LEXINGTON, Ky. (Aug. 24, 2018) — As students, faculty, staff and visitors enter Memorial Hall this fall it is highly likely their eyes will be drawn upward to a new creation in the dome at the building’s entry.
The gold-leafed artwork, “Witness,” which features African-American and Native American images, hopes to shine new light on many misrepresented Kentuckians from the state’s history. While this work was just completed last week by Philadelphia-based artist Karyn Olivier, the displaced figures depicted in the new art should be familiar to those who visit Memorial Hall regularly.
A horse carriage driver, a young child in a tree, musicians providing entertainment, four figures planting, three figures working land, two sitting near a pond, several at the train station, and a lone Native American with a hatchet — these images are all elements of a 1934 mural created by Ann Rice O’Hanlon for the Public Works of Art Project, part of President Franklin D. Roosevelt’s New Deal. They have also been the subject of controversy and one of many topics in important discussions on inclusion on the University of Kentucky's campus.
While O’Hanlon’s mural was recognized as a unique document of a time in U.S. history when the government engaged artists to create ambitious acts of American storytelling, many argued that the artwork misrepresents and sanitizes the imagery of the time it depicts. In doing so, it failed to declare the immorality of slavery and minimized the violence and inhumanity that many experienced through subjugation and slavery.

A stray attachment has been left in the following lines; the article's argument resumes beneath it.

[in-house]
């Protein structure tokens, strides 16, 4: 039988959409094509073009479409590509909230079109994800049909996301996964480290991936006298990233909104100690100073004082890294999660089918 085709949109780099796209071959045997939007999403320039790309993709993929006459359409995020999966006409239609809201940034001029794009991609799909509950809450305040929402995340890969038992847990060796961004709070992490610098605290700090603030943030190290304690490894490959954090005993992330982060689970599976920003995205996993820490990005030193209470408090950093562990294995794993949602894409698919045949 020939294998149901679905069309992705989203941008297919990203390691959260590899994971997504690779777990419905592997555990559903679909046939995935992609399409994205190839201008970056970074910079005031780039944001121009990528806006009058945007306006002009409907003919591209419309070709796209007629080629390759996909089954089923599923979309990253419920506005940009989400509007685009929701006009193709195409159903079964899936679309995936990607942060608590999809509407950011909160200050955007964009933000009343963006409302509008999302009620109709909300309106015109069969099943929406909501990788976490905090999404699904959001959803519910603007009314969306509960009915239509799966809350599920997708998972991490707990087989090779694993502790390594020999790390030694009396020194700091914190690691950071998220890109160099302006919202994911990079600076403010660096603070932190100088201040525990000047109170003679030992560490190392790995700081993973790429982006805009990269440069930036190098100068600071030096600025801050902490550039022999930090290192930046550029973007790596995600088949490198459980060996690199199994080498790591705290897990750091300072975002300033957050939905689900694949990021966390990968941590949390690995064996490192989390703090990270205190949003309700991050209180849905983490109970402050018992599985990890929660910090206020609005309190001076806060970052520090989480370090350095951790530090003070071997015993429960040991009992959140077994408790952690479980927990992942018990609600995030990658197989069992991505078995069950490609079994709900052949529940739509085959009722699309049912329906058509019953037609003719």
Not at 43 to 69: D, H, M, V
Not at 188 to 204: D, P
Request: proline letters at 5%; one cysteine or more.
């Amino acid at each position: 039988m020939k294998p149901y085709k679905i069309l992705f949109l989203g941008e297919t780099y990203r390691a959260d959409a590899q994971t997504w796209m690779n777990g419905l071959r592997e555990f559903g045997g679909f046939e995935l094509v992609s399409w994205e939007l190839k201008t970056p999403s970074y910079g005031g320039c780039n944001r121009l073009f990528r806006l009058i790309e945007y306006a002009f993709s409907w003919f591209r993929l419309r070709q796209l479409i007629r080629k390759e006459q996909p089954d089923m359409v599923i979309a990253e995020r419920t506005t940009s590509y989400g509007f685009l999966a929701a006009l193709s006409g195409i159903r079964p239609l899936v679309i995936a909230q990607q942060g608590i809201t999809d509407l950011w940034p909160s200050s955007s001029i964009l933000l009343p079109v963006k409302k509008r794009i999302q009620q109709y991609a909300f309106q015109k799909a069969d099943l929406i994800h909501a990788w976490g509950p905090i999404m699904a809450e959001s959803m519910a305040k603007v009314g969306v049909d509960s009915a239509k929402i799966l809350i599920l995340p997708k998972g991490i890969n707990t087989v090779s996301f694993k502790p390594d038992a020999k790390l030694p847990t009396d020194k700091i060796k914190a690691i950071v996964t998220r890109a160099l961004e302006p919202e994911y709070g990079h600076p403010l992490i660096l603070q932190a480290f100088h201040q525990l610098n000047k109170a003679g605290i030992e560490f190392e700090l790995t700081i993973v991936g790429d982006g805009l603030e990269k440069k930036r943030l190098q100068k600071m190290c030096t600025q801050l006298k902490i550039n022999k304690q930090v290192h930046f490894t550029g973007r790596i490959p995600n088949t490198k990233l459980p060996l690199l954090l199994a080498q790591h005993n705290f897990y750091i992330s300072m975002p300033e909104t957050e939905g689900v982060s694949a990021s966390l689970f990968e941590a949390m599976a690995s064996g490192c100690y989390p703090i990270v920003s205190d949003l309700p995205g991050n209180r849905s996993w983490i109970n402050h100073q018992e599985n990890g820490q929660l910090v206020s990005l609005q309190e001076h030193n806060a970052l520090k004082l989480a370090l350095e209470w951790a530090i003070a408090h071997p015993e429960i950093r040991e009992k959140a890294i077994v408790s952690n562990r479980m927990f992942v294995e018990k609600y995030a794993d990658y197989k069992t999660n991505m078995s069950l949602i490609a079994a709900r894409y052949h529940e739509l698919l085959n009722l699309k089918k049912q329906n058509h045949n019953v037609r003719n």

Olivier’s piece was commissioned to provide a thoughtful dialogue with the controversial mural following a call for artwork last year by the Memorial Hall Art Committee. The committee, co-chaired by UK Art Museum Director Stuart Horodner and Associate Vice President for Institutional Equity Terry Allen, recommended selection of the work to President Eli Capilouto based on campus presentations given by Olivier and artist Bethany Collins, and feedback from members of the university community, particularly students.
“For me, I thought it was important to start with the source, which is the mural, the fresco,” Olivier said. “At a certain point I realized I didn’t have to go beyond that. I didn’t have to make a piece that was in response or a contemporary version — although I am a contemporary artist, so it’s a contemporary piece.
“But to me it was how can I dive in and understand what my own perspective of the mural is. How do I take what is known, how do I use what’s literally and physically and concretely in the mural and make adjustments or make rearrangements or change the context to hopefully allow another reading of that mural and what it means today in 2018? Especially in conversation with where we are in the debate about Confederate monuments. … How do I kind of make work that is nuanced and complex and that doesn’t solve any problems, but actually allows for us to really dig in and flush out all of this?”
Using the entry’s transitory space as a threshold to speak to the viewers before they take in the mural, Olivier inserted the subjugated figures on the gilded ceiling reinforcing the notion of rebirth — perhaps spiritually. Olivier noted the use of gold leaf is often seen in sacred paintings, churches and cathedrals from the Byzantine and Renaissance periods. The placement of the figures serves to elevate the oppressed from "the lowly to the divine."
Around the base of the dome the artist added a Frederick Douglass quote, “There is not a man beneath the canopy of heaven, that does not know that slavery is wrong for him.”
“I felt … can I find a quote that can speak about the past but have the same relevance today,” Olivier explained. “It seemed to be a quote that could remind of the past, but also talk about the individual. How can you have humanity? How can you have agency?”
Through the exalted nature of this imagery the artist hopes it prompts viewers reinvestigation, interrogation and reckoning with our country’s complex histories.